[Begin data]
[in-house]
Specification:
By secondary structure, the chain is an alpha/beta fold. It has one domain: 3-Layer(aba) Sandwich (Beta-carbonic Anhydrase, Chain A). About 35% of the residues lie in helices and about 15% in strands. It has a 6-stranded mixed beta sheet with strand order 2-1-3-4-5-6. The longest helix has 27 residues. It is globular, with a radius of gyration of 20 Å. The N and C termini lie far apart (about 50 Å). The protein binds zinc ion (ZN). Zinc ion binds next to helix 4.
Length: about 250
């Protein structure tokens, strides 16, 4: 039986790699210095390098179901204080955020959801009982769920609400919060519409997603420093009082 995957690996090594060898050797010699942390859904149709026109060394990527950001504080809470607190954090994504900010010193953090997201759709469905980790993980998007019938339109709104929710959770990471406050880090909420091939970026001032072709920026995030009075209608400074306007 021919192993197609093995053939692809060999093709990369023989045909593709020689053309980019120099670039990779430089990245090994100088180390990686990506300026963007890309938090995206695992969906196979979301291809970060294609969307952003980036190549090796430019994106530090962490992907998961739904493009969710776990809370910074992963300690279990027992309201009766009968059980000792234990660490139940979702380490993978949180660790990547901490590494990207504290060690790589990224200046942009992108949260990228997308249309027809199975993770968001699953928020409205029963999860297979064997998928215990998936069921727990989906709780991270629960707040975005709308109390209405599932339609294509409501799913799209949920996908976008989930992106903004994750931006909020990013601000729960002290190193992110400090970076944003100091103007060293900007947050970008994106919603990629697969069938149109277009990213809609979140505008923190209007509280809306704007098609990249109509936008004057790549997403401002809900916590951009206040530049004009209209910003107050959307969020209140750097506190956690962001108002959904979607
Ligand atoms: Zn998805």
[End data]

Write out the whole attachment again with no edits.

[in-house]
Specification:
By secondary structure, the chain is an alpha/beta fold. It has one domain: 3-Layer(aba) Sandwich (Beta-carbonic Anhydrase, Chain A). About 35% of the residues lie in helices and about 15% in strands. It has a 6-stranded mixed beta sheet with strand order 2-1-3-4-5-6. The longest helix has 27 residues. It is globular, with a radius of gyration of 20 Å. The N and C termini lie far apart (about 50 Å). The protein binds zinc ion (ZN). Zinc ion binds next to helix 4.
Length: about 250
């Protein structure tokens, strides 16, 4: 039986790699210095390098179901204080955020959801009982769920609400919060519409997603420093009082 995957690996090594060898050797010699942390859904149709026109060394990527950001504080809470607190954090994504900010010193953090997201759709469905980790993980998007019938339109709104929710959770990471406050880090909420091939970026001032072709920026995030009075209608400074306007 021919192993197609093995053939692809060999093709990369023989045909593709020689053309980019120099670039990779430089990245090994100088180390990686990506300026963007890309938090995206695992969906196979979301291809970060294609969307952003980036190549090796430019994106530090962490992907998961739904493009969710776990809370910074992963300690279990027992309201009766009968059980000792234990660490139940979702380490993978949180660790990547901490590494990207504290060690790589990224200046942009992108949260990228997308249309027809199975993770968001699953928020409205029963999860297979064997998928215990998936069921727990989906709780991270629960707040975005709308109390209405599932339609294509409501799913799209949920996908976008989930992106903004994750931006909020990013601000729960002290190193992110400090970076944003100091103007060293900007947050970008994106919603990629697969069938149109277009990213809609979140505008923190209007509280809306704007098609990249109509936008004057790549997403401002809900916590951009206040530049004009209209910003107050959307969020209140750097506190956690962001108002959904979607
Ligand atoms: Zn998805």